Renee, our onboard Naturalist explains that it’s easier to spot a whale on a cloudy day and that whale watching is really “whale waiting.”
We spot salmon jumping in the water. Renee presents us with a “handy” way to remember the 5 kinds of salmon in the Pacific Northwest:
Chum rhymes with thumb. Sockeye… think of the index finger pointing at you. The middle finger is the tallest so think of King as being the biggest. Silver, also called Coho, is for the ring finger. And Pink is self-explanatory with the pinky finger.
Thar she blows! … A hubbub arises and we spot our first humpback whale at 11:01…
We are so close that we can hear the noise from the spout!
The captain explains that humpbacks can stay submerged for up to 15 minutes before resurfacing again. But the average time is 5-7 minutes.
The whale starts the dive…
And there are the flukes!
A smaller raft of whale watchers shares our excitement.
As we wait for our next whale encounter I escape into the clouds. Is it a dragon or a swan? Whatever it is, it is soon gone.
Another humpback visits us.
The picture below shows the whale’s footprint left behind.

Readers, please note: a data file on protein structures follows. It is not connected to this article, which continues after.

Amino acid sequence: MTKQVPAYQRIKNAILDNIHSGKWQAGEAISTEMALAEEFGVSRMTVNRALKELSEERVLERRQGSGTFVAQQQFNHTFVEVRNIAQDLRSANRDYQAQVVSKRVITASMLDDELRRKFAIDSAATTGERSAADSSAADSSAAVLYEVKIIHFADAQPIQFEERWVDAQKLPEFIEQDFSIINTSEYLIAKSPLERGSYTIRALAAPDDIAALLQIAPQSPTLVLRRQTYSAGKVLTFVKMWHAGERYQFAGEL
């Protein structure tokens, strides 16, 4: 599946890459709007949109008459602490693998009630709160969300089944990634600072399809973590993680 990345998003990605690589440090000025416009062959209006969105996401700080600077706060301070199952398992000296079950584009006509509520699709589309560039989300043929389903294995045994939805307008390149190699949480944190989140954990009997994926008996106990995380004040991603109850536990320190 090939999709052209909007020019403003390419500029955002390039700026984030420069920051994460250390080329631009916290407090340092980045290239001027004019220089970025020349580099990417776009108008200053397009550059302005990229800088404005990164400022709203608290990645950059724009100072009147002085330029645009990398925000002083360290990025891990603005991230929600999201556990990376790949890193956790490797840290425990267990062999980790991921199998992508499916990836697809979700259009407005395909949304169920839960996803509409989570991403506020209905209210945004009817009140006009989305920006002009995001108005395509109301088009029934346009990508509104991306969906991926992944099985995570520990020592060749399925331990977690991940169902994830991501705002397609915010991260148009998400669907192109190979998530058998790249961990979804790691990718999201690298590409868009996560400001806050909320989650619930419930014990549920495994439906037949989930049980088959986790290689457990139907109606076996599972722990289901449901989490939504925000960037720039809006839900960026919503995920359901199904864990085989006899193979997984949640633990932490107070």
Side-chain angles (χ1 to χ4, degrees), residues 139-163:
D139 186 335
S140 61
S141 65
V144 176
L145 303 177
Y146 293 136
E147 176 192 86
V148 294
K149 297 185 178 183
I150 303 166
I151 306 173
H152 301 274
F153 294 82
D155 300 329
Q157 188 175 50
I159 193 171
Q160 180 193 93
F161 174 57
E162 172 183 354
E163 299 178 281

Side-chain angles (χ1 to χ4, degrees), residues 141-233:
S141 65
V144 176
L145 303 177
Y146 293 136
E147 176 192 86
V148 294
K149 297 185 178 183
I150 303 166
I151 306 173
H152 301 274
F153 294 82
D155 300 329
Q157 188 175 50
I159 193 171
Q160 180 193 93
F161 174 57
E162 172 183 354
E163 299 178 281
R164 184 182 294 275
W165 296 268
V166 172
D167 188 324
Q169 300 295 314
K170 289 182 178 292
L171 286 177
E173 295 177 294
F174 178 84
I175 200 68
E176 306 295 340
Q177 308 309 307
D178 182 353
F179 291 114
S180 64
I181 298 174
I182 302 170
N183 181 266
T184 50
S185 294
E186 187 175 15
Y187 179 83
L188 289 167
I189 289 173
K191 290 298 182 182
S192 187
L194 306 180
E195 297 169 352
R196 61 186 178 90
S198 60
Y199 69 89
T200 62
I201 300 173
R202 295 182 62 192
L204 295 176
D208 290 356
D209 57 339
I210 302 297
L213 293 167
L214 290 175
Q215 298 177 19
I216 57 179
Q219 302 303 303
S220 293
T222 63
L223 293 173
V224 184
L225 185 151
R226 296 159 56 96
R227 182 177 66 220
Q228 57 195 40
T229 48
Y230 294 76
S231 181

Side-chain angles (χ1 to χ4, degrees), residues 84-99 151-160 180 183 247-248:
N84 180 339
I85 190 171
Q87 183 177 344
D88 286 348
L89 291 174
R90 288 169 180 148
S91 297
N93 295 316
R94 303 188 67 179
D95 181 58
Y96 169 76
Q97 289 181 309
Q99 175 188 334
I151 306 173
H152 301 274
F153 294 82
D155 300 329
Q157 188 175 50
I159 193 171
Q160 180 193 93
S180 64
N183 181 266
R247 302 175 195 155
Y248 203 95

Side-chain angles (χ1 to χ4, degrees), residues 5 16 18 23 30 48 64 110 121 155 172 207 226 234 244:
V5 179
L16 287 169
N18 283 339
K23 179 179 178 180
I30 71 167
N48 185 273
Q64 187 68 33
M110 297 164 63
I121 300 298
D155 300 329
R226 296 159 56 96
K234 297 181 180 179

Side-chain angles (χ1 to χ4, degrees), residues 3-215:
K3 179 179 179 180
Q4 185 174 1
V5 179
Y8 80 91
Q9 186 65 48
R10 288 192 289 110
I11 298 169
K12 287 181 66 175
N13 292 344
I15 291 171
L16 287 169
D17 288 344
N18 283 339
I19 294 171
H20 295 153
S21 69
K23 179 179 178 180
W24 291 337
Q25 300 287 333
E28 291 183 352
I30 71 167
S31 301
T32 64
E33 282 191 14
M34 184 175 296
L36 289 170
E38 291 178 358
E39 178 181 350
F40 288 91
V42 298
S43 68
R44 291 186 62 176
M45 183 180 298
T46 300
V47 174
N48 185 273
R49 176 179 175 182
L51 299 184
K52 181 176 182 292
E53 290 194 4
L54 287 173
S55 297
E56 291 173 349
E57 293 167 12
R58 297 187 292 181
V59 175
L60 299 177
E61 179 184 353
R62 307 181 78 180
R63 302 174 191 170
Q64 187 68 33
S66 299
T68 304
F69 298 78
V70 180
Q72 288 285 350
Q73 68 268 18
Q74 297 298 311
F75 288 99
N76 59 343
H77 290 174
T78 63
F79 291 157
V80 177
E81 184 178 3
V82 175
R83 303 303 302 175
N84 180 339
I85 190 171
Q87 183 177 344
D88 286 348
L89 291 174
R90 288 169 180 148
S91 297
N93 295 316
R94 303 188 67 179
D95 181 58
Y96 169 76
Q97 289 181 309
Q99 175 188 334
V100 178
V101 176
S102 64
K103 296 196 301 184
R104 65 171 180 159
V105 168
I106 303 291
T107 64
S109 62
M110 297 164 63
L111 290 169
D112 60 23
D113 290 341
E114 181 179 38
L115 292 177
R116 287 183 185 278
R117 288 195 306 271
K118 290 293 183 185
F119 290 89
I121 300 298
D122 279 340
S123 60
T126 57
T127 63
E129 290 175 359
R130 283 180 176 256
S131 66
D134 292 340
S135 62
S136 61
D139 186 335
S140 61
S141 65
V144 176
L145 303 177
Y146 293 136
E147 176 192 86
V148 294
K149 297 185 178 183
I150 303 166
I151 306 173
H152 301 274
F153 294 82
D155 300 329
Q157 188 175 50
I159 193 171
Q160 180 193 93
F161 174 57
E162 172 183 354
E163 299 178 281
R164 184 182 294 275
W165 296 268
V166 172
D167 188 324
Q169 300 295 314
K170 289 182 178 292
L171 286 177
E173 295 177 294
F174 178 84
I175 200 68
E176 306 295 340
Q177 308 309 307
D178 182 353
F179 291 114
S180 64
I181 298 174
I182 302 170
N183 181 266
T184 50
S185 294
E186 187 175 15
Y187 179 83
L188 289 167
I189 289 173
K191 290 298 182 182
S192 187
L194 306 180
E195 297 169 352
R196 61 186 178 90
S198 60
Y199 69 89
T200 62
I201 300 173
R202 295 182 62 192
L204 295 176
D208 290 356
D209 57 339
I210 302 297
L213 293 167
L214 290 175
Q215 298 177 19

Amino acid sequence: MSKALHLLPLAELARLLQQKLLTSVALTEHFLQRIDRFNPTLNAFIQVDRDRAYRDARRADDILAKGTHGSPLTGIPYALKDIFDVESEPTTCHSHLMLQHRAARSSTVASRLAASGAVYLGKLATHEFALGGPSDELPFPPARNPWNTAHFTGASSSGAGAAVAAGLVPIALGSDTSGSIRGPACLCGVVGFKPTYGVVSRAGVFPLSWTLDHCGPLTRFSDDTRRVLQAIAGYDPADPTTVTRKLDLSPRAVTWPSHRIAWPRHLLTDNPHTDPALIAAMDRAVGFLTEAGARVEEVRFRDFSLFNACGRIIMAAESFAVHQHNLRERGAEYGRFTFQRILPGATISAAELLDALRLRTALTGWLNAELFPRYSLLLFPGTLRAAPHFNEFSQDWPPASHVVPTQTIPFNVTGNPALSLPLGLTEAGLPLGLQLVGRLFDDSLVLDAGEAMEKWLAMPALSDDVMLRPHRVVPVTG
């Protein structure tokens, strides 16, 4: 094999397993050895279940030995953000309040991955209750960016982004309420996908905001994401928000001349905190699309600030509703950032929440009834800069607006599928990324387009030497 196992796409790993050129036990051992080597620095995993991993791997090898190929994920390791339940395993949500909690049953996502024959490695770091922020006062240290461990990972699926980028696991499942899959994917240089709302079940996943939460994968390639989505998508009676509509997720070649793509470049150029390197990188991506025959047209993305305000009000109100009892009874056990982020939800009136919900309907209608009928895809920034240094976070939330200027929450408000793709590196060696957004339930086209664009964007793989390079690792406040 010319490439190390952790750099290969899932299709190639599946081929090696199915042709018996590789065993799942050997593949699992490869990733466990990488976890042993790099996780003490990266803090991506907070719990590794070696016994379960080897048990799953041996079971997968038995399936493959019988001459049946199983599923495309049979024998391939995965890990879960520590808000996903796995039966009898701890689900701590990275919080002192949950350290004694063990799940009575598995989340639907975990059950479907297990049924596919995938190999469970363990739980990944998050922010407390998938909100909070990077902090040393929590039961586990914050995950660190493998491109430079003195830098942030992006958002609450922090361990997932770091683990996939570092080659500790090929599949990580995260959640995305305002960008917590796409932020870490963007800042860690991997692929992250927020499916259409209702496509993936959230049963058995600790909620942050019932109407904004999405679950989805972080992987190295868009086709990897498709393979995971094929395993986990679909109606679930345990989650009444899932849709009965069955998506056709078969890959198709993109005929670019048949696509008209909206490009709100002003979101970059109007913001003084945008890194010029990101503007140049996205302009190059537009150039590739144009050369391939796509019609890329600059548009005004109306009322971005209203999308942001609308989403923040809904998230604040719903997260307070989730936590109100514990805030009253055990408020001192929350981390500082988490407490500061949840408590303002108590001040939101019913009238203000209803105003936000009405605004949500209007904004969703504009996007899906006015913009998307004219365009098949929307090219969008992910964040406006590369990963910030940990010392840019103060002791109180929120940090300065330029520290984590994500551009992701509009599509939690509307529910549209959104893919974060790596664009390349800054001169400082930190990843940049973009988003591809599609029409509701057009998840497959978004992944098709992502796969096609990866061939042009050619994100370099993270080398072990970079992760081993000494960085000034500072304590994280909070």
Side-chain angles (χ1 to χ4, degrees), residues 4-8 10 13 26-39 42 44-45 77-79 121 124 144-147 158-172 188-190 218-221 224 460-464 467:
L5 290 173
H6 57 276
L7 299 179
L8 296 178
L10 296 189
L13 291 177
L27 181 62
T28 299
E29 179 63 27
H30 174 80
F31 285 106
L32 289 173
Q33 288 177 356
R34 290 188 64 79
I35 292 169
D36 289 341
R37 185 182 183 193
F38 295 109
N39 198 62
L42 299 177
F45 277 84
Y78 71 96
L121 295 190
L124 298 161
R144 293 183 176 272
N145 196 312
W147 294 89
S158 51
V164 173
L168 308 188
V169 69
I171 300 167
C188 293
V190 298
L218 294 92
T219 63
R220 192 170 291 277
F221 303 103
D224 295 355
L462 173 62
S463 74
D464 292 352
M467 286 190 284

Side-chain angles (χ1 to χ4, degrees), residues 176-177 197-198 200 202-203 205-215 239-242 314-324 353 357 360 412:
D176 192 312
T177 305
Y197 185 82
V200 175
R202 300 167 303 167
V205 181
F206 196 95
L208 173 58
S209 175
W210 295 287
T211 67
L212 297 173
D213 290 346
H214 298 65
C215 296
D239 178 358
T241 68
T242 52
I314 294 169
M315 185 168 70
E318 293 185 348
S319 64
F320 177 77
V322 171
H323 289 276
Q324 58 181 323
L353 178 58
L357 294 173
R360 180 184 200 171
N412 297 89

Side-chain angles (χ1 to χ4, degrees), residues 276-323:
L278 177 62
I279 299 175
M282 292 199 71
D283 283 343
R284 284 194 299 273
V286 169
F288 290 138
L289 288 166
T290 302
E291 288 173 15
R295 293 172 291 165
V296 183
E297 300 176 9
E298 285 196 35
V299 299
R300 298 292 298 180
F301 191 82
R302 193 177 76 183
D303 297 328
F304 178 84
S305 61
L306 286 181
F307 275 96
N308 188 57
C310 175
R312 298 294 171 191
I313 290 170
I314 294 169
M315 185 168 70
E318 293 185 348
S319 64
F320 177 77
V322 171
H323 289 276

Now’s a good time to explain responsible whale watching practices. By slowing down in the presence of whales and maintaining respectful distances, Island Adventures gives its passengers the opportunity to observe these animals without altering their natural behaviors. Local, state, and federal regulations dictate safe distances and approach speeds.
I stop taking pics of every whale we see and start enjoying the experience more. I borrow binoculars for spectacular close-ups.
I walk around the boat and schmooze with our fellow whale fans. I meet a group from Kent, Ohio, the namesake university where I studied for my Masters in Library Information Science.
I meet a traveling photographer, a family from England, a science teacher and her family, a girl who got seasick, and a 14-year-old boy who needed to sleep.
I also meet a man from the local NPR station recording a podcast and interviewing passengers.
My favorite new acquaintances are 2 women who work together in Olympia, Washington. The whale tour is a 60th birthday gift from the one to the other.
Oh, and since I am wearing my Cape Blanco Lighthouse windbreaker, a man approaches me and asks about Oregon’s most westerly lighthouse with plans to visit someday.
And then, at 1:06… Orca!
I like this picture. The lighthouse at Race Rock parallels the orca’s dorsal fin.
And there are more…
A half an hour later we approach Race Rocks, a 1.2 square mile collection of protected rocks and reefs a few miles southwest of Victoria, British Columbia.
The reserve is a haulout for hundreds of seals and sea lions and is the breeding ground for northern elephant seals.
The Race Rocks Light was lit on December 26, 1860 and was continuously manned by keepers until it was fully automated in 1997. (Wildlife Viewing Guide)
Camouflaged on the steps are northern elephant seals.
It’s been a long, active, and successful morning and afternoon. We head back to Port Angeles with memories, pictures, and new knowledge.